The next morning, I noticed an almost sombre mood around the table. I brought up what happened in a light vein to give everyone an opportunity to tease me but instead I was met with strange stares. It turns out that everyone had heard footsteps and also little giggles in the night. We all agreed that the activity we had observed here did not feel at all malicious, in fact the house still had the same air of cheerfulness we felt when we first entered. This made us think – what if there were some children who had holidayed here but lost their battle with cancer and lingered on to relive cherished memories of time spent here?

We made our peace with the invisible occupants of the house and in fact made it a game to observe the creaking and door opening so we could acknowledge & involve them in our good times.

We even said goodbye to them when we left & still look back fondly on that holiday.

This quote from William Shakespeare that perfectly sums up how I feel:

“There are more things in Heaven and Earth, Horatio, than are dreamt of in your philosophy.”

Have you ever had any unexplained experiences? I would love to hear your stories……..





Viva New Zealand!

Cathedral Cove in the Coromandel

Cathedral Cove in the Coromandel

New Zealand is my adopted country – and what an amazing country it is!

For my first ever post I thought I’d shine some light on what living here is like.

This country has given me everything I ever wanted – from a loving partnership and adorable girls to a satisfying career, a house of my own and the freedom and lifestyle I’d dreamed of.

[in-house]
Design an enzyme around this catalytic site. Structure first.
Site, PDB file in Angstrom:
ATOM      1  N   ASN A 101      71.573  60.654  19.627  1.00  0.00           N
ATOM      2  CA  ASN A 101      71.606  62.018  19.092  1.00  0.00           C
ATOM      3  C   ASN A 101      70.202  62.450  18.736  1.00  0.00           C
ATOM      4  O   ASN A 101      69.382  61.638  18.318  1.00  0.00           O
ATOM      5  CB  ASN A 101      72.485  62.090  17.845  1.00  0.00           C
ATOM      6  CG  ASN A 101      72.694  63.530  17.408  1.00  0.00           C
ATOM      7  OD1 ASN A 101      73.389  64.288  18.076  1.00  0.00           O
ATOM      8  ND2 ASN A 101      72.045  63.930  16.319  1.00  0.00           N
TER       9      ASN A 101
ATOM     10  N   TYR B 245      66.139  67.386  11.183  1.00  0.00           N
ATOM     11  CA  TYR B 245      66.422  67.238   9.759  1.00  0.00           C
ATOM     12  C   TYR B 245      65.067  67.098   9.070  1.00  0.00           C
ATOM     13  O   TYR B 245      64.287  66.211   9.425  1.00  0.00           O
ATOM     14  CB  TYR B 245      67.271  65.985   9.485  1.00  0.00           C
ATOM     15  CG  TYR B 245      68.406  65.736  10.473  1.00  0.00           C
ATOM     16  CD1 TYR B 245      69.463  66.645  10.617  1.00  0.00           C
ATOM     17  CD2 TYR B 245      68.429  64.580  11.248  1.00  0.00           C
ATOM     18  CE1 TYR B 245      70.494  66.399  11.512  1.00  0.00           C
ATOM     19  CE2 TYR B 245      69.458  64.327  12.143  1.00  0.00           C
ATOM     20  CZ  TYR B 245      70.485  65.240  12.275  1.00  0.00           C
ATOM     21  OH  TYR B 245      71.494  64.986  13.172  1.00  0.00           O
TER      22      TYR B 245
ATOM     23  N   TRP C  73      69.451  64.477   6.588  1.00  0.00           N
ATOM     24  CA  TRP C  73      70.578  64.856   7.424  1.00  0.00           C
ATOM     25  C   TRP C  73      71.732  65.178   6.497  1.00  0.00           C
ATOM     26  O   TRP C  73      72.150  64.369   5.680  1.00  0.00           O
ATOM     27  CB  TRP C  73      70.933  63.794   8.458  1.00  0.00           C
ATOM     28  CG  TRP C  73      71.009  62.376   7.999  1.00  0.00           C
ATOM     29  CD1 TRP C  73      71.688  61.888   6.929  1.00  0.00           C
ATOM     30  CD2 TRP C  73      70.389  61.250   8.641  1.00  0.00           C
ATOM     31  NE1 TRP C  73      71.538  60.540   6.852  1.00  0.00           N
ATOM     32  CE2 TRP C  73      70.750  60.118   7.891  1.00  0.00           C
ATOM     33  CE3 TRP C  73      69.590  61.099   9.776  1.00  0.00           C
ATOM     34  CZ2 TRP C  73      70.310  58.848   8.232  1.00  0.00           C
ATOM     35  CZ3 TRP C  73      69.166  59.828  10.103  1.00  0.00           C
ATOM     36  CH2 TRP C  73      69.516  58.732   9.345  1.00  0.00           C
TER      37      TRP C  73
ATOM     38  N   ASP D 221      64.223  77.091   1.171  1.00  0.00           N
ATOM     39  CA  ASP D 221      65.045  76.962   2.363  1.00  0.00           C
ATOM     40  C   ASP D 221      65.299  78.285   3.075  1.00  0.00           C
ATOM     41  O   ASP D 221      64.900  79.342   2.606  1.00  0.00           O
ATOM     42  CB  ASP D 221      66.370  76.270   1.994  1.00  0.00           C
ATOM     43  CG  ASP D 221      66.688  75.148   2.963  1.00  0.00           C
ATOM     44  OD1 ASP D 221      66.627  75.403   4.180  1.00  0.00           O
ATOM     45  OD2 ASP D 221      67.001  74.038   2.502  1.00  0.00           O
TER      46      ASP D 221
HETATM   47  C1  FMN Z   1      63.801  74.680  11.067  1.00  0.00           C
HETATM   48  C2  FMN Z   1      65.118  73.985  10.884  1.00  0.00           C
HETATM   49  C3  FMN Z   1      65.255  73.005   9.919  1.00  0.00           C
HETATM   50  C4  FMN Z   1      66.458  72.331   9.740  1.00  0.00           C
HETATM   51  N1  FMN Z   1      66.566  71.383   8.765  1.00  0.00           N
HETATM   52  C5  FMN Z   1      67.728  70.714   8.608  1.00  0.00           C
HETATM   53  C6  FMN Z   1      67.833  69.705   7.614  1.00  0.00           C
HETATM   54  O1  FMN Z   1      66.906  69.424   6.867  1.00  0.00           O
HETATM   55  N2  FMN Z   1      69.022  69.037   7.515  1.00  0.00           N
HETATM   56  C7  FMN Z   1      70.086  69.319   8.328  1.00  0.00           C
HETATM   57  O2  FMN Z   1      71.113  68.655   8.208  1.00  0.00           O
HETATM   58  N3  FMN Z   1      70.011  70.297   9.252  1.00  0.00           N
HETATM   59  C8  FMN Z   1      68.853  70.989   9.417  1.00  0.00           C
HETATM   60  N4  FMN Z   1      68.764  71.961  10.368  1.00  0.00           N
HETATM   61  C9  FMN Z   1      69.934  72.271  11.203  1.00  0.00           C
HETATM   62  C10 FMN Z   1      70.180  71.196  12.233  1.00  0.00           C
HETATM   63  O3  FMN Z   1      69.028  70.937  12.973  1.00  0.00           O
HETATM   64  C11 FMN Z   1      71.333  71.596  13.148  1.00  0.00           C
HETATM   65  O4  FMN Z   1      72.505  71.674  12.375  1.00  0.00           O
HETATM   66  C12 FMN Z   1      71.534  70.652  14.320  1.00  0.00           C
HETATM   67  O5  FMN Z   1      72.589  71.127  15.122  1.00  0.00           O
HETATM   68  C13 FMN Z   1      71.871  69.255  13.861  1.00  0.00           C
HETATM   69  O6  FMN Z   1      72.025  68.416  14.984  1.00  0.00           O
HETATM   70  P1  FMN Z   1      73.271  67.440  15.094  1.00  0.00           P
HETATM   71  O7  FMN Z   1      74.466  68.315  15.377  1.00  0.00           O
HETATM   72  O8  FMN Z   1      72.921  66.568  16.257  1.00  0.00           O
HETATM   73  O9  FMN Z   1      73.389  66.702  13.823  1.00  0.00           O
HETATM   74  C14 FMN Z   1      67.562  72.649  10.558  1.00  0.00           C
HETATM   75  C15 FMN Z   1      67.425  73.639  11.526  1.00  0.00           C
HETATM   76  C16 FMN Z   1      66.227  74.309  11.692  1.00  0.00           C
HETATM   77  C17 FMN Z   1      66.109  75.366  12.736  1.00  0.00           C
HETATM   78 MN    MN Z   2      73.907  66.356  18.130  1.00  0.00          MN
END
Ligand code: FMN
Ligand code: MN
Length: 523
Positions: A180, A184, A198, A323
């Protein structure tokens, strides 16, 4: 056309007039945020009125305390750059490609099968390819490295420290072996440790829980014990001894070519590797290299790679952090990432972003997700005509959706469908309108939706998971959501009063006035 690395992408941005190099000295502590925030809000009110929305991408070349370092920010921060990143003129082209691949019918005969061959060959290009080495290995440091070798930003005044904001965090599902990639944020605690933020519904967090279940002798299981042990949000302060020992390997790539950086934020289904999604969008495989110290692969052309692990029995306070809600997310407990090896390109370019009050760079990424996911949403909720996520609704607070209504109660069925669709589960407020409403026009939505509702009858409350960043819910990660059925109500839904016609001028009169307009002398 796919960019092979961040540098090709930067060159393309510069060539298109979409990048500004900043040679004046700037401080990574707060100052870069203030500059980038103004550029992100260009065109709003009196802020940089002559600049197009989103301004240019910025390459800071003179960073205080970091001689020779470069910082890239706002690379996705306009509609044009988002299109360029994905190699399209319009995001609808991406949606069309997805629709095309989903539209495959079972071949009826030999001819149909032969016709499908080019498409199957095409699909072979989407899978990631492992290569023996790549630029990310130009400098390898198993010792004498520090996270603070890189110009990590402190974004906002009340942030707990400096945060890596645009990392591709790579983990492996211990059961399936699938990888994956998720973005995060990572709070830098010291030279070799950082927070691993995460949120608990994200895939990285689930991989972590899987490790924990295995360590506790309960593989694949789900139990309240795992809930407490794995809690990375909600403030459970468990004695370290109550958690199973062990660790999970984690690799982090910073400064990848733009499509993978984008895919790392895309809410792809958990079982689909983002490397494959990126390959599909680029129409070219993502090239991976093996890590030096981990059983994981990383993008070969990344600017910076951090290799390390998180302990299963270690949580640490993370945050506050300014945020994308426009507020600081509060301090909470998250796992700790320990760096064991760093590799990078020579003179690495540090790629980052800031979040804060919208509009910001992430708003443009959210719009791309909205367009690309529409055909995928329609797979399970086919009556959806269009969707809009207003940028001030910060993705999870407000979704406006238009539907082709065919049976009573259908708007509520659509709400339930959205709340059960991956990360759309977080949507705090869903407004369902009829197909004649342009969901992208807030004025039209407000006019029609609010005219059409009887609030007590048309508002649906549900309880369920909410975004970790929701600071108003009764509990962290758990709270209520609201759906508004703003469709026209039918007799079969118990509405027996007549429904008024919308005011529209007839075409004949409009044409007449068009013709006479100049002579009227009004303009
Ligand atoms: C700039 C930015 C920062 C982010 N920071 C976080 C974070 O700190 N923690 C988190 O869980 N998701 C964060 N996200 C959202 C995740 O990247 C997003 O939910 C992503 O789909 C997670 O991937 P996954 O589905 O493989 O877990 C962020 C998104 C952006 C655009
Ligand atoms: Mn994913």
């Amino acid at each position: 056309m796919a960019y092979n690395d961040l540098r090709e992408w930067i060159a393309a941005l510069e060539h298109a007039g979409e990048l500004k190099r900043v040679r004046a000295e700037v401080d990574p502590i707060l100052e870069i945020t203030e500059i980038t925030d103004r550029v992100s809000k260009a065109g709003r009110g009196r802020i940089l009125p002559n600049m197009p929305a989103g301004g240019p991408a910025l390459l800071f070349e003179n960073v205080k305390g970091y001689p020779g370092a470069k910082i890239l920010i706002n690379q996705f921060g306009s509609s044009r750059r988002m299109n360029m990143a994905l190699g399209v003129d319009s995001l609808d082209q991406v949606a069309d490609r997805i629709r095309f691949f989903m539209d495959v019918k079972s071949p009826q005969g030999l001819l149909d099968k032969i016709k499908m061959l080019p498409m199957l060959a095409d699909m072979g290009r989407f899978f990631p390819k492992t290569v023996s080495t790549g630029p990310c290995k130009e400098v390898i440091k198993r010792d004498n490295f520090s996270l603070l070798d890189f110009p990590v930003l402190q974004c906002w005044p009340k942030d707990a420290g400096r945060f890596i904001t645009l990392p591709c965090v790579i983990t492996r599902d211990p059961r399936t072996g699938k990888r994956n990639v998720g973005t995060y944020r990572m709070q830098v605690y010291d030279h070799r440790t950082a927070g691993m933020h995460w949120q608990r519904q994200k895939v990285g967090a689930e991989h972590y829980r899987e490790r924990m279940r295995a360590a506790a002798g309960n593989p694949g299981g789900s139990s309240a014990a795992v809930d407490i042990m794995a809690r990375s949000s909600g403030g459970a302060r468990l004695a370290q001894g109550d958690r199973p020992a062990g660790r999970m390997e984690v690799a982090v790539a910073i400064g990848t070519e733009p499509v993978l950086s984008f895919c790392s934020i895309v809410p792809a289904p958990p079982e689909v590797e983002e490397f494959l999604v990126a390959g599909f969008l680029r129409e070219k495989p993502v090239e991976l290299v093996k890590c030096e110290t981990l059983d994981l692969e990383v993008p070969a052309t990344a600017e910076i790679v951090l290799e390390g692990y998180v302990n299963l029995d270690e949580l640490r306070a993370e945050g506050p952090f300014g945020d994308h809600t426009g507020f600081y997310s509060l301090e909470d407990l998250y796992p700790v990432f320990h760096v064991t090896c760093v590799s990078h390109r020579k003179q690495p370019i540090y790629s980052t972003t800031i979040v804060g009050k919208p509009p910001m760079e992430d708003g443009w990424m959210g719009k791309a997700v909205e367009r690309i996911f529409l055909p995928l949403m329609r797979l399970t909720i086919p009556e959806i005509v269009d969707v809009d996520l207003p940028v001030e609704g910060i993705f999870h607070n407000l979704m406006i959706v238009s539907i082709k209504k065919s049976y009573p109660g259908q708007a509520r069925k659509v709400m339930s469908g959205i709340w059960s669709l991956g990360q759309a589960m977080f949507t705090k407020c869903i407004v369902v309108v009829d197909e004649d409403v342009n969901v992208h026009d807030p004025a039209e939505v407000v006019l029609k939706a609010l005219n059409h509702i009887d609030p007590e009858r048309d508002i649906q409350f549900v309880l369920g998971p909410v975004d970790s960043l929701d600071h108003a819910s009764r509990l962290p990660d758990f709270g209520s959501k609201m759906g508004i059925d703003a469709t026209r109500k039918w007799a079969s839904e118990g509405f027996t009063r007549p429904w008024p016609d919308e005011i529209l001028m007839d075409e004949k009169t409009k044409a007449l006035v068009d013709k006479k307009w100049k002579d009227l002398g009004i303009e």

I came to NZ’s sandy shores as a young girl of 24 and fell in love instantly with not just it’s magnificently beautiful landscapes but also the people who make this land what it is. Most kiwis I’ve met are grounded and resourceful who love to get their hands dirty (both literally and figuratively). Coming from India with it’s extreme chasm between the very rich and the very poor and the different attitudes on both sides, it was refreshing to see this culture where money and status were not the sole determining factors of your identity or your destiny.
Kiwis are quick to have a laugh (even at themselves) and tolerant of different ideas. It also helps that religion is not as much ‘in your face’ and by and large kiwis are not bound by much religious dogma.
Auckland is a thriving multicultural city not without it’s own share of problems, one of which is housing affordability and another is traffic congestion. Of course this traffic is nothing compared to many other metropolises like Bombay or New York but still far worse than anywhere else in NZ.

Travelling through New Zealand is a wonderful mix of the old and quaint country towns, breathtaking beaches, high adrenalin adventure activities, and the energy of it’s bigger cities.
In the 12 years I’ve lived here I have been fortunate to travel the length and breadth of this magical land and live in different parts of the country – many posts to follow will elaborate on these adventures.
If you have any questions about NZ please feel free to drop me a line anytime.